posted by ShootTheMoon at 12:33 PM on August 27, 2008

So would asking if I can just have those 7 points be appropriate since I would be doing 100% of the work anyway?

Or do you get 0 points because you're explicitly not working well with others?
posted by inigo2 at 12:40 PM on August 27, 2008 [2 favorites]

I agree with what everyone else said. Look at this as another challenge to tackle that will make you a better person. That's part of the point of going to college in the first place, right?

Also, know that a large part of the point of group work is to get people like you to help students who otherwise wouldn't be able to do the work. The point is for you to share your skills and knowledge with others, not sit in the corner and earn your A by yourself.
posted by burnmp3s at 12:42 PM on August 27, 2008

Every professor I know (and I work at a University) assigns group projects for the reason that ShootTheMoon says. Part of the educational experience is learning how to work with others on big projects.
posted by sjuhawk31 at 12:45 PM on August 27, 2008

I'm a productive procrastinator and don't like to do things way early

Group projects are partly designed to crush foolhardy behavior like this, which will undoubtedly fuck you over in the workplace.
posted by mkultra at 12:45 PM on August 27, 2008 [2 favorites]

In my subject (engineering) part of the purpose of assigning group work is to deliver experience working as part of a team, which is obviously something engineers are likely to have to do in their careers.

If that is the educational objective of the work, they are unlikely to let you 'go it alone'.

OTOH I've had classes where group work was a mechanism to get a better final product (i.e. a more in-depth presentation); or to get better use of finite lab resources; or to force us students to help/instruct one another; or to reduce the amount of marking to do.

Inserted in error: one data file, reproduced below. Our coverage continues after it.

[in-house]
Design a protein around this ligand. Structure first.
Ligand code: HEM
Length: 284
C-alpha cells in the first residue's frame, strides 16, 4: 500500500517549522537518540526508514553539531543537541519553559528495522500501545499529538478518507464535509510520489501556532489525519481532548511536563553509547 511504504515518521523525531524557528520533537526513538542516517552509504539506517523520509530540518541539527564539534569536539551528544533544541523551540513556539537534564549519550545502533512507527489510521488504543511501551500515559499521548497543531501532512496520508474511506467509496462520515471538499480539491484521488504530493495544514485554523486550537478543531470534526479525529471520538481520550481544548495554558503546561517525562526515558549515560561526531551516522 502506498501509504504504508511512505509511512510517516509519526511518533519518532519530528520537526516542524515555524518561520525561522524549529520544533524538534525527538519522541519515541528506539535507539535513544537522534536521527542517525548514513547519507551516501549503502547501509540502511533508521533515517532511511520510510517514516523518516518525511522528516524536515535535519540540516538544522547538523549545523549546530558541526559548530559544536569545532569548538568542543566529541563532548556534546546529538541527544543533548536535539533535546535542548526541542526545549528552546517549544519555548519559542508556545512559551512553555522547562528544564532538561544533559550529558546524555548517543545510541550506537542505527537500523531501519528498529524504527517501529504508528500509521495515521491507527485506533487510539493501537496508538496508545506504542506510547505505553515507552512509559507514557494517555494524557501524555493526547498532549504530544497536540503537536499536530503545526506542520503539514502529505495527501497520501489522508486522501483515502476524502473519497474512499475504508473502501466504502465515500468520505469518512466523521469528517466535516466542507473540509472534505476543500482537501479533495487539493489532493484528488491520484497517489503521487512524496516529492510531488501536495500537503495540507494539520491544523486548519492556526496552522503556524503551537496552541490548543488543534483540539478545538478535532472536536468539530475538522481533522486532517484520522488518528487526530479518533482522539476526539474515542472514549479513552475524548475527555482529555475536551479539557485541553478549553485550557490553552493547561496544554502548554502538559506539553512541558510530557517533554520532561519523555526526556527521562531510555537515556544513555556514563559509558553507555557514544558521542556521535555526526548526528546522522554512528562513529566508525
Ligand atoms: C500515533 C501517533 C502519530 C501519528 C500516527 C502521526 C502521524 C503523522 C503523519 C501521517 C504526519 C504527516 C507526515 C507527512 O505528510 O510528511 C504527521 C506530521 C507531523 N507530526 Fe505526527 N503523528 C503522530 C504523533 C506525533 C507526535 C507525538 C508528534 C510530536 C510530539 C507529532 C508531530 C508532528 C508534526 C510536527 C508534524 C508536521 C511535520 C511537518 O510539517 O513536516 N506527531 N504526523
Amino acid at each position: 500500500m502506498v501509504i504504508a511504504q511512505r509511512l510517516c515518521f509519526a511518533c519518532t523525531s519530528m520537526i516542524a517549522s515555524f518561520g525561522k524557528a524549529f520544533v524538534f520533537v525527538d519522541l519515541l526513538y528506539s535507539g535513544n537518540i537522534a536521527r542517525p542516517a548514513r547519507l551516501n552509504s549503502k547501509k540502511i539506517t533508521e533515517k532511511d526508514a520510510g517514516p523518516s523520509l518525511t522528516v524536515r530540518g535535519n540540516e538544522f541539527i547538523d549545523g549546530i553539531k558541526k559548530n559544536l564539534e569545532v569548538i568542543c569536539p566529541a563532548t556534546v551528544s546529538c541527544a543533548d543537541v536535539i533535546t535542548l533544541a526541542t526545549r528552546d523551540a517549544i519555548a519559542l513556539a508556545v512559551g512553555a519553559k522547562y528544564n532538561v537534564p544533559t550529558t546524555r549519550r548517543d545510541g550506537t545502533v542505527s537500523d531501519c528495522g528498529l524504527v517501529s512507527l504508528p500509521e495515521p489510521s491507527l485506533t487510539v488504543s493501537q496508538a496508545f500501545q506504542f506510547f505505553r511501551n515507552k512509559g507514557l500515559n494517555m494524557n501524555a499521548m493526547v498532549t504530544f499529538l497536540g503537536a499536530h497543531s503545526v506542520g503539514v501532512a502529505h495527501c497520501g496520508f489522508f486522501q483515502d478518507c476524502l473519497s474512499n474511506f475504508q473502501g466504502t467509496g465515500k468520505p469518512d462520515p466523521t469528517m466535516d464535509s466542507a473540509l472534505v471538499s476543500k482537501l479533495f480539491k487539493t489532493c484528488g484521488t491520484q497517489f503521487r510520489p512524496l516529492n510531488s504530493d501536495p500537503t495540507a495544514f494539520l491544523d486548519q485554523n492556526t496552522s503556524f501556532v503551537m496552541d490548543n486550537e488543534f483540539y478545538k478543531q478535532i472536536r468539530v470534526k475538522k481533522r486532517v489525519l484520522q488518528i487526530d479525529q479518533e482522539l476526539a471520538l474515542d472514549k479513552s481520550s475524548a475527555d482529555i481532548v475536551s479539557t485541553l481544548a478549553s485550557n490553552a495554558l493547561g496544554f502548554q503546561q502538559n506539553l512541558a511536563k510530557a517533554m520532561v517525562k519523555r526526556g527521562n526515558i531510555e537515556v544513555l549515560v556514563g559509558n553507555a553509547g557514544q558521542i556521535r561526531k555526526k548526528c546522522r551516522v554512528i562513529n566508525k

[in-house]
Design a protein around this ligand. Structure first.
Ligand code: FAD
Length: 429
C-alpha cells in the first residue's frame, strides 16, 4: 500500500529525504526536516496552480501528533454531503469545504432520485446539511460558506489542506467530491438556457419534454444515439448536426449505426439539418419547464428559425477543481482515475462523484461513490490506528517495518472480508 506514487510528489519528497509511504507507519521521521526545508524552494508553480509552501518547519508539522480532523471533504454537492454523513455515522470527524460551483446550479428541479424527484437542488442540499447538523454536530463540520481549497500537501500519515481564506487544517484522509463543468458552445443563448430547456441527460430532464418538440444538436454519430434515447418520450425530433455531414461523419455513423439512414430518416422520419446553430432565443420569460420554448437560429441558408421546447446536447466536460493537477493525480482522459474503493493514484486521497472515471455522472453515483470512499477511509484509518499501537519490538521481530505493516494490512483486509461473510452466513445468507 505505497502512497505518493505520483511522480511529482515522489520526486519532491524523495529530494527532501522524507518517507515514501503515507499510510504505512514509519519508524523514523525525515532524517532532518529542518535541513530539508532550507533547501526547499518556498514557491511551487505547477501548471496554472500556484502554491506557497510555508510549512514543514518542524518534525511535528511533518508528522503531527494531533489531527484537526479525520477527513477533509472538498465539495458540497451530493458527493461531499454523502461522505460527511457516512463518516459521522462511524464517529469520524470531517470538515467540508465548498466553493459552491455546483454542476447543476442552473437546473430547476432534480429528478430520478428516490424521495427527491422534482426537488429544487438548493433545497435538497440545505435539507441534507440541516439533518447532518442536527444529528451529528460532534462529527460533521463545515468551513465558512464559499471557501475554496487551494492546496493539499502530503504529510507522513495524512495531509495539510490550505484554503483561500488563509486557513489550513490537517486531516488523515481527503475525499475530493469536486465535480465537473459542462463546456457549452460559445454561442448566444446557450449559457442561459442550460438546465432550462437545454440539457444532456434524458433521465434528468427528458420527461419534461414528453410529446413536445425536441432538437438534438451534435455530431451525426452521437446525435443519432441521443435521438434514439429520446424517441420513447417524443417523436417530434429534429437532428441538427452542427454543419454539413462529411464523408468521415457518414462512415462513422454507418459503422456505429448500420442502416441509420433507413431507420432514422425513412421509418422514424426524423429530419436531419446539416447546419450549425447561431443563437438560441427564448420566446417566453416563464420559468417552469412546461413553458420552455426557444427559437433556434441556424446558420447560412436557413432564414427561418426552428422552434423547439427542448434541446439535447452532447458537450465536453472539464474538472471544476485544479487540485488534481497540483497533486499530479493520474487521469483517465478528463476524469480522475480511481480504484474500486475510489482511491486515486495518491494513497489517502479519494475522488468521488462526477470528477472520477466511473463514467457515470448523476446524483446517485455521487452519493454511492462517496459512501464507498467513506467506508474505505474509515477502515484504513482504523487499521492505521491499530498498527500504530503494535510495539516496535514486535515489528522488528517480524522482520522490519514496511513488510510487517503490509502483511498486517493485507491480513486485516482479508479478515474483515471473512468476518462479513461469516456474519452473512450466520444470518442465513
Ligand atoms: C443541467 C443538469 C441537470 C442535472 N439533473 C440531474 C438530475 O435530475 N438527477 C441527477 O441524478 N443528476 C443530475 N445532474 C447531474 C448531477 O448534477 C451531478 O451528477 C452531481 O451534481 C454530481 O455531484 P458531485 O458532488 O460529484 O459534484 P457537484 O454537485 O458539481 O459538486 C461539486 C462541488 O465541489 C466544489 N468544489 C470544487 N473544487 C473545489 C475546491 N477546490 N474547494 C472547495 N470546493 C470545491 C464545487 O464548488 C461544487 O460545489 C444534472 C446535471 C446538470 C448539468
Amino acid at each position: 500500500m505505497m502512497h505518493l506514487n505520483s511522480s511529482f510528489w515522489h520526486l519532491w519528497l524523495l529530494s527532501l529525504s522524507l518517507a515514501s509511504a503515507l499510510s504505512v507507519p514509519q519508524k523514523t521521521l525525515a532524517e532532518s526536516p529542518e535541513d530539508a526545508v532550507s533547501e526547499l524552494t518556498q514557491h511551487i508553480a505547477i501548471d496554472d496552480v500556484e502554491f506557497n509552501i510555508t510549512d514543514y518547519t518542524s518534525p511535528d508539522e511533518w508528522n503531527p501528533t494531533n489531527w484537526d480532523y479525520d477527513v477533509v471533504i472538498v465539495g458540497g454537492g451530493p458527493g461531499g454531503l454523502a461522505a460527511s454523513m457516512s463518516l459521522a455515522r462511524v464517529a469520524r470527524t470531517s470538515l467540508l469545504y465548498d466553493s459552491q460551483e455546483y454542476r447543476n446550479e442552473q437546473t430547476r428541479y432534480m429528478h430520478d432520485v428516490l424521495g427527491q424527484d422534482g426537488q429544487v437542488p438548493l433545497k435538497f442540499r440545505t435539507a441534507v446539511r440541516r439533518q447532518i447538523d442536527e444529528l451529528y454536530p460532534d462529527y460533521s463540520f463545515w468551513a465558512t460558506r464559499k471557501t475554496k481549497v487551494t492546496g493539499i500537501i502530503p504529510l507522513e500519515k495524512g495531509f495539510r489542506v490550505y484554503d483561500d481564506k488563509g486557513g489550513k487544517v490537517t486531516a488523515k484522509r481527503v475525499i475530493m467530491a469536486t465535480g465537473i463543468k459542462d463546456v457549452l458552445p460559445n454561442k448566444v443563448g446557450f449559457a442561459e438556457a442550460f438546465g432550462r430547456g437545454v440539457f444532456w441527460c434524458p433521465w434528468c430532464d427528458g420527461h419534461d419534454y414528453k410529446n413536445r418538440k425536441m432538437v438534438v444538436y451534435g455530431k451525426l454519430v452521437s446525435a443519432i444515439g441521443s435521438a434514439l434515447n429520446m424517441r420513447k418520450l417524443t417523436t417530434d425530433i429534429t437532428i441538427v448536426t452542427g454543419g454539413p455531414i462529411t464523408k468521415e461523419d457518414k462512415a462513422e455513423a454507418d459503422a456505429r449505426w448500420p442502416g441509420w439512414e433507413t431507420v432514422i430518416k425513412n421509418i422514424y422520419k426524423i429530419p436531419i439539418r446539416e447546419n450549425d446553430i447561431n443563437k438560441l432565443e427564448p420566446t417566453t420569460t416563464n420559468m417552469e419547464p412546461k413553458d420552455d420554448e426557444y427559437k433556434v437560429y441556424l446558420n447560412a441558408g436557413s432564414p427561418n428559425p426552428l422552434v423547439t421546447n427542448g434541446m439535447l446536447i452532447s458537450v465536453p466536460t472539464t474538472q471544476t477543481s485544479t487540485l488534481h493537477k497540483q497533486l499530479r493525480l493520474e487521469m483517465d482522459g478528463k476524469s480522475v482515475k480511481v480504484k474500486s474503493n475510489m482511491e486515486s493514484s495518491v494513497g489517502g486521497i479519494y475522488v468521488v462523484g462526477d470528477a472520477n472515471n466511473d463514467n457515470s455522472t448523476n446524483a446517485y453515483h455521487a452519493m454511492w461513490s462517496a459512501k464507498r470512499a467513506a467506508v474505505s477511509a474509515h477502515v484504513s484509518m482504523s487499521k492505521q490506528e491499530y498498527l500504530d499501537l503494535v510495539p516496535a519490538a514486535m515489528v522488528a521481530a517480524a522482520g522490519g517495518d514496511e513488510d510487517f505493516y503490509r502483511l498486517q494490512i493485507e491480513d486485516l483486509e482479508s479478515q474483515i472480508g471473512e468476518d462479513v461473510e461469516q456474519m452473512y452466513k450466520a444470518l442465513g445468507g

It all depends on why the academic decided to make the work group work. It can't hurt to ask the academic if you can work alone

[...] something that is almost 20% (75 out of 400 points) of my grade scares the piss out of me.

You mean 20% of the grade for one class for one year of your degree; and it's hardly likely you'll actually get zero marks no matter how bad your group.
posted by Mike1024 at 12:47 PM on August 27, 2008

As a recent grad going through job interviews right now, I'm finding my time working on teams to be a very valuable talking point. Not just, "I'm a great teammate," but, "Here's a story about a big mistake my group made and what I learned from it." Nearly any job you get after college is going to involve working on teams. Get the experience now.

Besides, I've never seen a group fail a project. I'm sure it's possible, but in 4 years of college, no one has ever let it. Momentarily assuming that your group is terrible and you do nothing about it, let's say you get the lowest grade in the class on the project, which may be a 70%. Counting for 75/400 points, that means that if you kept a 100% on everything else, you'd get a 94% overall. A or A-. Assuming your group almost fails.

But I think you can easily make this group project work well. For one, I think the freshman/sophomores would look up to you. Not necessarily being in awe of your presence, but they'll probably assume that you're a lot more experienced and have much higher standards. You can kind of use that to pull them into doing a good job. I wouldn't actually use the snotty tone I'm about to, but you can sort of do a, "That type of work might pass for a sophomore, but as a senior, I could never get away with that!" sort of thing, and keep them up to your standards.

As someone who also borders on paranoid about who I'm going to get "stuck with" in a group, I've found that no one ever argues if I "offer" to proofread everything at the end, which gives me license to ensure that everything is done to my standards. Of course you still have to do the same amount of work, but it's a handy excuse to get a final look at the project without saying, "I bet you guys all suck." (But, for what it's worth, I found that, by sophomore year, I and most of my peers were old pros at working well on teams.)

What would I ask her to do with those 7 points for playing nicely with others?

Maybe I'm just mean, but if I were your professor, you'd get 0/7 for "works well with others" when you opt out of a group. However, people do opt out of groups every now and then. This isn't the type of advice I like to give, but if you're going to insist on not being in a group, I'd lie: "I don't trust other people" to me indicates that you, more than others, need the experience of working with a group. "I have a crazy schedule and don't think I'd be able to meet with other students, and I'd hate to drag them down... This way I can do the project on my own time..."